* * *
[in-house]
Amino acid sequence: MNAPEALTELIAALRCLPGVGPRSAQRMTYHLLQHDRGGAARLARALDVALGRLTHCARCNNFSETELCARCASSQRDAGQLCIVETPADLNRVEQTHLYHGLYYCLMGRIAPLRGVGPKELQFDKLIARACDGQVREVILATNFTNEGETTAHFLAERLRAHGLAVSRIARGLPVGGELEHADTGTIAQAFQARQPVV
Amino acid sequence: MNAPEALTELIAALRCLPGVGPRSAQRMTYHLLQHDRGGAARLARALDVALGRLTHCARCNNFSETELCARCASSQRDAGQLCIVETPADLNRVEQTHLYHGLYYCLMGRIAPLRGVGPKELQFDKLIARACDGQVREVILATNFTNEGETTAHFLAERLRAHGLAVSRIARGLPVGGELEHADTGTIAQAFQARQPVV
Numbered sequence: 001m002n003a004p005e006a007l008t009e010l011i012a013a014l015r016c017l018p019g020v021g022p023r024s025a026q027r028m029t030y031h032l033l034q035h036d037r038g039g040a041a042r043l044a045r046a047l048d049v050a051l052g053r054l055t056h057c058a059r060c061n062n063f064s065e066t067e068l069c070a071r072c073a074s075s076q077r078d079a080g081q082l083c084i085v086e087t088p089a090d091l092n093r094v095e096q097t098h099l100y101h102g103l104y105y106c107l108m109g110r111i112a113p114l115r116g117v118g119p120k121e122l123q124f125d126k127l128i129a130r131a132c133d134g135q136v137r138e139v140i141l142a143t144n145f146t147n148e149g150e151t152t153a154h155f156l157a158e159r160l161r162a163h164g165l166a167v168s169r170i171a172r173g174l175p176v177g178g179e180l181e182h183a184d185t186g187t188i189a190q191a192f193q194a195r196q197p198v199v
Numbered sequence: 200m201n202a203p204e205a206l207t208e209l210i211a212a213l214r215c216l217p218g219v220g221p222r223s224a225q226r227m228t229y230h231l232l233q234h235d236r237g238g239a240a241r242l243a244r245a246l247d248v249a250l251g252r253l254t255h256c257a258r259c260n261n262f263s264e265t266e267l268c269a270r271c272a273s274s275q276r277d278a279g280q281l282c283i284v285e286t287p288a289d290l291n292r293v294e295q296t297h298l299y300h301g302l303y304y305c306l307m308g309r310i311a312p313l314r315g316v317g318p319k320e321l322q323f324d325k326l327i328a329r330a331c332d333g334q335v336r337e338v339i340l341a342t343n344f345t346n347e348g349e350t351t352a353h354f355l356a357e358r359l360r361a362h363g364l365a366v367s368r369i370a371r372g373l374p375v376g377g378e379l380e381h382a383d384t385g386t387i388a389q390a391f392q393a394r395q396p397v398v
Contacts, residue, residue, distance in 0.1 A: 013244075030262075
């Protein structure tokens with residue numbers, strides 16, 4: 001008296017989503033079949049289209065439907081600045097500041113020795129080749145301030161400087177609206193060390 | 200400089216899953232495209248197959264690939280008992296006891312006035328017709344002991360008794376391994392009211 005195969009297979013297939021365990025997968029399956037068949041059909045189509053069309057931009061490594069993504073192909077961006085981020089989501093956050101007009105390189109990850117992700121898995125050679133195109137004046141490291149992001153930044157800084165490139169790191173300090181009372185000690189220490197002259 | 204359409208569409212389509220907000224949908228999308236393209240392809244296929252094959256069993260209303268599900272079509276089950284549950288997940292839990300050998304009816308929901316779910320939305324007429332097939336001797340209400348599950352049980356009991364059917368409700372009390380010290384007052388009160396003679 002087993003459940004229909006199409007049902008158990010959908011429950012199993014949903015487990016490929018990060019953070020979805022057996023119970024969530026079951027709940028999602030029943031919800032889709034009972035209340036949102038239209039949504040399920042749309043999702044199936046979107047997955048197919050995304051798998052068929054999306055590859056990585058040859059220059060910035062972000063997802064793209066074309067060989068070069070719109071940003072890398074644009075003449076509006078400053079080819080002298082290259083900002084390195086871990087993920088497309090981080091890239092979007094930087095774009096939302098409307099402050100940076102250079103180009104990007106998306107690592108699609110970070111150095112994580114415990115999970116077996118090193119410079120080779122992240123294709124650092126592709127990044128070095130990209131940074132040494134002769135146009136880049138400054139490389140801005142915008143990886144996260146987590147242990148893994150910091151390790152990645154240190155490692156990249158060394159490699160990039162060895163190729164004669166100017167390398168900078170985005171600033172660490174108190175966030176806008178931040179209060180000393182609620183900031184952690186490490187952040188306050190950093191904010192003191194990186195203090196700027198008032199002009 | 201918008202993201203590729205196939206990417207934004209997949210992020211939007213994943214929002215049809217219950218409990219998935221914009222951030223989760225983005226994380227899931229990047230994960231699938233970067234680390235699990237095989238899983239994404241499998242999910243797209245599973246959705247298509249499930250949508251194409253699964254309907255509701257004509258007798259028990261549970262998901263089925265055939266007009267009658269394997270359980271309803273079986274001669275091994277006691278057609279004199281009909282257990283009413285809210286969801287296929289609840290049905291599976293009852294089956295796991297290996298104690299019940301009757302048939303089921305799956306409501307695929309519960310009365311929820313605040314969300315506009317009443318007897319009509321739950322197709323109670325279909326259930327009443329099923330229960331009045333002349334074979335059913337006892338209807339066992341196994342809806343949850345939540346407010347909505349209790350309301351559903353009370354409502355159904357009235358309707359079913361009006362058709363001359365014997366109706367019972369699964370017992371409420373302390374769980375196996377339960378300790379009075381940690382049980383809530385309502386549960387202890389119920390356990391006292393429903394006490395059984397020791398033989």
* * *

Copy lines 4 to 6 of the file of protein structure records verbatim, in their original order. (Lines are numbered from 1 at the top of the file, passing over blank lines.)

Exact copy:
Numbered sequence: 001m002n003a004p005e006a007l008t009e010l011i012a013a014l015r016c017l018p019g020v021g022p023r024s025a026q027r028m029t030y031h032l033l034q035h036d037r038g039g040a041a042r043l044a045r046a047l048d049v050a051l052g053r054l055t056h057c058a059r060c061n062n063f064s065e066t067e068l069c070a071r072c073a074s075s076q077r078d079a080g081q082l083c084i085v086e087t088p089a090d091l092n093r094v095e096q097t098h099l100y101h102g103l104y105y106c107l108m109g110r111i112a113p114l115r116g117v118g119p120k121e122l123q124f125d126k127l128i129a130r131a132c133d134g135q136v137r138e139v140i141l142a143t144n145f146t147n148e149g150e151t152t153a154h155f156l157a158e159r160l161r162a163h164g165l166a167v168s169r170i171a172r173g174l175p176v177g178g179e180l181e182h183a184d185t186g187t188i189a190q191a192f193q194a195r196q197p198v199v
Numbered sequence: 200m201n202a203p204e205a206l207t208e209l210i211a212a213l214r215c216l217p218g219v220g221p222r223s224a225q226r227m228t229y230h231l232l233q234h235d236r237g238g239a240a241r242l243a244r245a246l247d248v249a250l251g252r253l254t255h256c257a258r259c260n261n262f263s264e265t266e267l268c269a270r271c272a273s274s275q276r277d278a279g280q281l282c283i284v285e286t287p288a289d290l291n292r293v294e295q296t297h298l299y300h301g302l303y304y305c306l307m308g309r310i311a312p313l314r315g316v317g318p319k320e321l322q323f324d325k326l327i328a329r330a331c332d333g334q335v336r337e338v339i340l341a342t343n344f345t346n347e348g349e350t351t352a353h354f355l356a357e358r359l360r361a362h363g364l365a366v367s368r369i370a371r372g373l374p375v376g377g378e379l380e381h382a383d384t385g386t387i388a389q390a391f392q393a394r395q396p397v398v
Contacts, residue, residue, distance in 0.1 A: 013244075030262075